Astronomy Picture of the Day
July 12, 2014

Mysterious Hyperion (Part III)
Mysterious Hyperion (Part III)

Credits: NASA/JPL/Space Science Institute - Credits for the additional process. and color.: Dr Paolo C. Fienga/LXTT/IPF

This High-Resolution NASA - Cassini Spacecraft's image-mosaic shows us that Hyperion truly has a Surface that is deeply different from any other one so far seen in the Saturnian System. This image-mosaic is composed of 5 (five) Clear Filter images taken during the NASA - Cassini Spacecraft's close Fly-By of Hyperion which occurred on September, 26, 2005. In fact, the Spacecraft passed - approximately - only 500 Km (such as about 310,5 miles) above the moon's Surface.


Planetary Scientists are extremely curious to learn what the Dark Material that fills so many Craters (---> better yet: Pits) on this oddball moon could be (even though, as we wrote in the past, the most plausible theory that Scientists have come out with so far, suggests that this Dark Material could reasonably be made of frozen Surfacing Hydrocarbons). The Surface Features found within the Dark Terrain, including an approx. 200-meter-wide (about 656-feet) Impact Crater surrounded by Rays and visible to the right (Dx) of center, as well as numerous Bright-Rimmed Pits, indicate (---> suggest, among other possibilities) that the Dark Material may be only a few tens of meters thick, with more Brighter Material located underneath it.


Planetary Scientists will also be examining Cassini's sharp views of Hyperion with the aim of trying to determine whether there have been multiple episodes of Landslides on this Celestial Object, and, if so, why they have happened (and if they are, maybe, still happening). However, such a "Downslope Movement of Material" is pretty evident in the filling of Craters and Pits with Debris, and the near elimination of many Craters located along their steeper Slopes. Answers to these questions may help solve the mystery of why this Celestial Object has evolved different Surface Forms from all the other moons of Saturn. Just out of curiosity, the (Geological/Mineralogical) reason why of the pale "pinkish" color that is typical of some areas of Hyperion, is still a mistery.


The images comprising this mosaic were taken with the NASA - Cassini Spacecraft's Narrow-Angle Camera at distances ranging from approximately 8.500 Km (such as about 5.278,5 miles) to approx. 4.600 Km (such as about 2.856,6 miles) from Hyperion; the image scale is roughly 26 meters (such as about 85,28 feet) per pixel.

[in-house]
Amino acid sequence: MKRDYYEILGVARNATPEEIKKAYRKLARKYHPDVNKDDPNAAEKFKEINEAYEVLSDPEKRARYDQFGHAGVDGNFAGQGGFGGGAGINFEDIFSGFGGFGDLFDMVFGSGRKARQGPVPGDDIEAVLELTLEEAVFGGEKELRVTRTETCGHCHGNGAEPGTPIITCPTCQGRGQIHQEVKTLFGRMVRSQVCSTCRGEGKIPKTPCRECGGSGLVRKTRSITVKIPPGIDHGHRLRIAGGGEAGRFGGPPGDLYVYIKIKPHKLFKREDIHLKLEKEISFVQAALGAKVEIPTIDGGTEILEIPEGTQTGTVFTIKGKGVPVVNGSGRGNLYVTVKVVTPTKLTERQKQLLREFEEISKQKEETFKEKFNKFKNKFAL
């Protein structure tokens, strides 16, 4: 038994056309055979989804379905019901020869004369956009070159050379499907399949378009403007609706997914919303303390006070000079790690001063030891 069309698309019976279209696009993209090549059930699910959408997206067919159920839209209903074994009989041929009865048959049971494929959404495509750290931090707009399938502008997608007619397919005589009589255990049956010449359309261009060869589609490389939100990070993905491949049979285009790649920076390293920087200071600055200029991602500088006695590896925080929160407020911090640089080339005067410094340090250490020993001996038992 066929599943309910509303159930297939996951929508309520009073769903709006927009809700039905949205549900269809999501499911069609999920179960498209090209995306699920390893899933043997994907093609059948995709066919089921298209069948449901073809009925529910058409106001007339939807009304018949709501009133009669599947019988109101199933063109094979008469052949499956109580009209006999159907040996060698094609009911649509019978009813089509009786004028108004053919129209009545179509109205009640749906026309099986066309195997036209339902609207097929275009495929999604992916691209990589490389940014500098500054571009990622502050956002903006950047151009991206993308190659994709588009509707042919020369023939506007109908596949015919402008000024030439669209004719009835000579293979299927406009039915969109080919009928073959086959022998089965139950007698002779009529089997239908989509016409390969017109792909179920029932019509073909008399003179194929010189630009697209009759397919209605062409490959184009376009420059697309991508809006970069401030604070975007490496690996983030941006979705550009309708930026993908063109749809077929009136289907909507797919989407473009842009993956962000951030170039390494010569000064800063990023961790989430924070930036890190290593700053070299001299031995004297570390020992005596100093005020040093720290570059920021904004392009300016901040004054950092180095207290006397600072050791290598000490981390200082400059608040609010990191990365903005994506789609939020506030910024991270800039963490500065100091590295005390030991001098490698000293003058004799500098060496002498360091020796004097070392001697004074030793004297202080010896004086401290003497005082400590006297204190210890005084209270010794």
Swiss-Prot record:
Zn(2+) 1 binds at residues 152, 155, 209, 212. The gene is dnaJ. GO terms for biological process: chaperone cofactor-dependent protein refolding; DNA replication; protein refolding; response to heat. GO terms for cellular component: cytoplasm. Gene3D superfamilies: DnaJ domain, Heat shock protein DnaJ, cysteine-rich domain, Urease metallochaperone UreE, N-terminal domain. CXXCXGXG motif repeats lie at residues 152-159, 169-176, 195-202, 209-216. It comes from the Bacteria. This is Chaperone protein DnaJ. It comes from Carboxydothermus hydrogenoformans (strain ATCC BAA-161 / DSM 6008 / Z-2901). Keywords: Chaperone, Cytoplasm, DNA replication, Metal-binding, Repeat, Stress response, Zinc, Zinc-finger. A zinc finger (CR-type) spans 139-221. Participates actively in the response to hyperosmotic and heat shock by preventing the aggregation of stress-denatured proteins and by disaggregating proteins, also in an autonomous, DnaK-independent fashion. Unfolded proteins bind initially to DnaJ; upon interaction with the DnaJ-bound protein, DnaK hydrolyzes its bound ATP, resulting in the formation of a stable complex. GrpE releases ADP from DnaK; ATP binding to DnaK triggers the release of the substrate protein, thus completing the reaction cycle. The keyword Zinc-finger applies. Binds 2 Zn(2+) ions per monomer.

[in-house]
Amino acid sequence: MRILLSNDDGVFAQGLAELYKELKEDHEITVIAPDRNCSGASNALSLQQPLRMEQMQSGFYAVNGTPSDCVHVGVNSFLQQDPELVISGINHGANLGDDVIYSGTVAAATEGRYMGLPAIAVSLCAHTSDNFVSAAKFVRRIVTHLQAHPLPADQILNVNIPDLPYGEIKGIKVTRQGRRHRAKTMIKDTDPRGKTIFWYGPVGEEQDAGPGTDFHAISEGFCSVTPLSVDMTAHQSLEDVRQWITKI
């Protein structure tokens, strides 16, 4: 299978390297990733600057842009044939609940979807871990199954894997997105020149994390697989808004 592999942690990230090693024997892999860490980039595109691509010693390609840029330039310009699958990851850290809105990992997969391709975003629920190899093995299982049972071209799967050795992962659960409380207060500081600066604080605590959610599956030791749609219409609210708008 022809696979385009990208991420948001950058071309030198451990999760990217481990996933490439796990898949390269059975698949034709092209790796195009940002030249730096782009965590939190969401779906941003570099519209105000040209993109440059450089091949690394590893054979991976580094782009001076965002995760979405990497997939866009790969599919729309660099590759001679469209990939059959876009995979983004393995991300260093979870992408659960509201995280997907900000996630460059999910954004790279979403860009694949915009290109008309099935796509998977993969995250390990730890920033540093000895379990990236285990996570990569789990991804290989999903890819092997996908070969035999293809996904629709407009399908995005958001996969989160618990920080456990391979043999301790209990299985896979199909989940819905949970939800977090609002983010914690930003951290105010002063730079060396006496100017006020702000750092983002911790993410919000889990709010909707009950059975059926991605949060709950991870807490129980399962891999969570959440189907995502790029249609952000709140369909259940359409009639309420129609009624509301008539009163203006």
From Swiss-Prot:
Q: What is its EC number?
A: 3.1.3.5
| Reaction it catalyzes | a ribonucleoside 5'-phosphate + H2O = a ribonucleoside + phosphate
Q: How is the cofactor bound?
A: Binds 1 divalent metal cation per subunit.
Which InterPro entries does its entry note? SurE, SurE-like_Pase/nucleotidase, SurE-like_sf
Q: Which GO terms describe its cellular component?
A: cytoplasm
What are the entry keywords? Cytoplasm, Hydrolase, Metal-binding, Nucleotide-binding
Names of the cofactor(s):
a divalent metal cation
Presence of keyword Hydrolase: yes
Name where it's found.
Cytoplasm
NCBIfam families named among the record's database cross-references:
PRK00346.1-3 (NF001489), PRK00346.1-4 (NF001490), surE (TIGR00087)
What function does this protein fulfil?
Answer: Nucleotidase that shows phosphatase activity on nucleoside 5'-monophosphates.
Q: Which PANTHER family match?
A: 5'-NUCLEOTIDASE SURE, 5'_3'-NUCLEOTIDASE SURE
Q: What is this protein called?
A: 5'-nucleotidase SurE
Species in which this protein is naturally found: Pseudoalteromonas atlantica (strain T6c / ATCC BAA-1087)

This frame (which is an Original NASA - CASSINI Spacecraft's b/w and NON Map-Projected image-mosaic published on the NASA - Planetary Photojournal with the ID n. PIA 07741) has been additionally processed, contrast enhanced, reduced in size to fit the page, Gamma corrected and then colorized - according to an educated guess (or, if you wish, an informed speculation) carried out by Dr Paolo C. Fienga - in Absolute Natural Colors (such as the colors that a human eye would actually perceive if someone were onboard the NASA - Cassini Spacecraft and then looked outside, towards the Saturnian moon "Hyperion"), by using an original technique created - and, in time, dramatically improved - by the Lunar Explorer Italia Team. Different colors, as well as different shades of the same color, mean, among other things, the existence of different Elements (Minerals) present on the Surface of Hyperion, each having a different Albedo (---> Reflectivity) and Chemical Composition.


Note: it is possible (but we, as IPF, have no way to be one-hundred-percent sure of such a circumstance), that the actual luminosity of Hyperion - as it is in this frame - would appear, to an average human eye, a little bit lower than it has been shown (or, better yet: interpreted) here.



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